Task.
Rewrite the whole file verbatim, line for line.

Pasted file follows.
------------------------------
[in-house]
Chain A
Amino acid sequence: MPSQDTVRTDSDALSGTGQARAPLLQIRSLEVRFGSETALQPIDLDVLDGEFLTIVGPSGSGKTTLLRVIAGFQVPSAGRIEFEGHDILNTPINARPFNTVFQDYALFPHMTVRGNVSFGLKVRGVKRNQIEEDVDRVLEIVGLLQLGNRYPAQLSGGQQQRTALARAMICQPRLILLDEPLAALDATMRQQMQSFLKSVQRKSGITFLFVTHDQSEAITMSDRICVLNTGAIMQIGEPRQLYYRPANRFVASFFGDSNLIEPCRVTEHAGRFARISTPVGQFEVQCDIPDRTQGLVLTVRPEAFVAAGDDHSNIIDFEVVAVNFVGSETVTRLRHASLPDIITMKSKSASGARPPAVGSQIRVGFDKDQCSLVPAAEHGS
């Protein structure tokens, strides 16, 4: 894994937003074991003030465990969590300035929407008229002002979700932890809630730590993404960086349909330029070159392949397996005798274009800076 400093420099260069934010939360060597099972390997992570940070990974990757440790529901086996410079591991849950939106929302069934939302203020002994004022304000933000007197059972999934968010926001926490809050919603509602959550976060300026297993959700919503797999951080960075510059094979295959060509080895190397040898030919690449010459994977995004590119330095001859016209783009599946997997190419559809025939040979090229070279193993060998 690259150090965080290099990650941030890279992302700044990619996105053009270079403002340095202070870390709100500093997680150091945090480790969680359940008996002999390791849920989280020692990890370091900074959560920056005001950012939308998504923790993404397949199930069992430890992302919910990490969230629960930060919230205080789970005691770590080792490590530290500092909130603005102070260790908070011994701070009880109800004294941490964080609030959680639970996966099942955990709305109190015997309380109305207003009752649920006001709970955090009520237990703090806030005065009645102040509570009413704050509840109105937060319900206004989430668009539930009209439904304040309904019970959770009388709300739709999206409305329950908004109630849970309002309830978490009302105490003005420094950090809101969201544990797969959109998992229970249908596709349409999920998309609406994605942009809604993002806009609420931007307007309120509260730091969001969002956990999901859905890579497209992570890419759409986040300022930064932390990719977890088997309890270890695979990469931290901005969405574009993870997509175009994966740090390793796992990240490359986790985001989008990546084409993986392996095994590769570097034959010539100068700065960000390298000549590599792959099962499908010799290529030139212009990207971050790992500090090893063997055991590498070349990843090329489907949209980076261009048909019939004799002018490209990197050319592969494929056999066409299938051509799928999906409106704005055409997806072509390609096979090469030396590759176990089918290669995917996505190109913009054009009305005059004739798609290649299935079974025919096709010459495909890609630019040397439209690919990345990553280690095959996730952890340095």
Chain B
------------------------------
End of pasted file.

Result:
[in-house]
Chain A
Amino acid sequence: MPSQDTVRTDSDALSGTGQARAPLLQIRSLEVRFGSETALQPIDLDVLDGEFLTIVGPSGSGKTTLLRVIAGFQVPSAGRIEFEGHDILNTPINARPFNTVFQDYALFPHMTVRGNVSFGLKVRGVKRNQIEEDVDRVLEIVGLLQLGNRYPAQLSGGQQQRTALARAMICQPRLILLDEPLAALDATMRQQMQSFLKSVQRKSGITFLFVTHDQSEAITMSDRICVLNTGAIMQIGEPRQLYYRPANRFVASFFGDSNLIEPCRVTEHAGRFARISTPVGQFEVQCDIPDRTQGLVLTVRPEAFVAAGDDHSNIIDFEVVAVNFVGSETVTRLRHASLPDIITMKSKSASGARPPAVGSQIRVGFDKDQCSLVPAAEHGS
């Protein structure tokens, strides 16, 4: 894994937003074991003030465990969590300035929407008229002002979700932890809630730590993404960086349909330029070159392949397996005798274009800076 400093420099260069934010939360060597099972390997992570940070990974990757440790529901086996410079591991849950939106929302069934939302203020002994004022304000933000007197059972999934968010926001926490809050919603509602959550976060300026297993959700919503797999951080960075510059094979295959060509080895190397040898030919690449010459994977995004590119330095001859016209783009599946997997190419559809025939040979090229070279193993060998 690259150090965080290099990650941030890279992302700044990619996105053009270079403002340095202070870390709100500093997680150091945090480790969680359940008996002999390791849920989280020692990890370091900074959560920056005001950012939308998504923790993404397949199930069992430890992302919910990490969230629960930060919230205080789970005691770590080792490590530290500092909130603005102070260790908070011994701070009880109800004294941490964080609030959680639970996966099942955990709305109190015997309380109305207003009752649920006001709970955090009520237990703090806030005065009645102040509570009413704050509840109105937060319900206004989430668009539930009209439904304040309904019970959770009388709300739709999206409305329950908004109630849970309002309830978490009302105490003005420094950090809101969201544990797969959109998992229970249908596709349409999920998309609406994605942009809604993002806009609420931007307007309120509260730091969001969002956990999901859905890579497209992570890419759409986040300022930064932390990719977890088997309890270890695979990469931290901005969405574009993870997509175009994966740090390793796992990240490359986790985001989008990546084409993986392996095994590769570097034959010539100068700065960000390298000549590599792959099962499908010799290529030139212009990207971050790992500090090893063997055991590498070349990843090329489907949209980076261009048909019939004799002018490209990197050319592969494929056999066409299938051509799928999906409106704005055409997806072509390609096979090469030396590759176990089918290669995917996505190109913009054009009305005059004739798609290649299935079974025919096709010459495909890609630019040397439209690919990345990553280690095959996730952890340095």
Chain B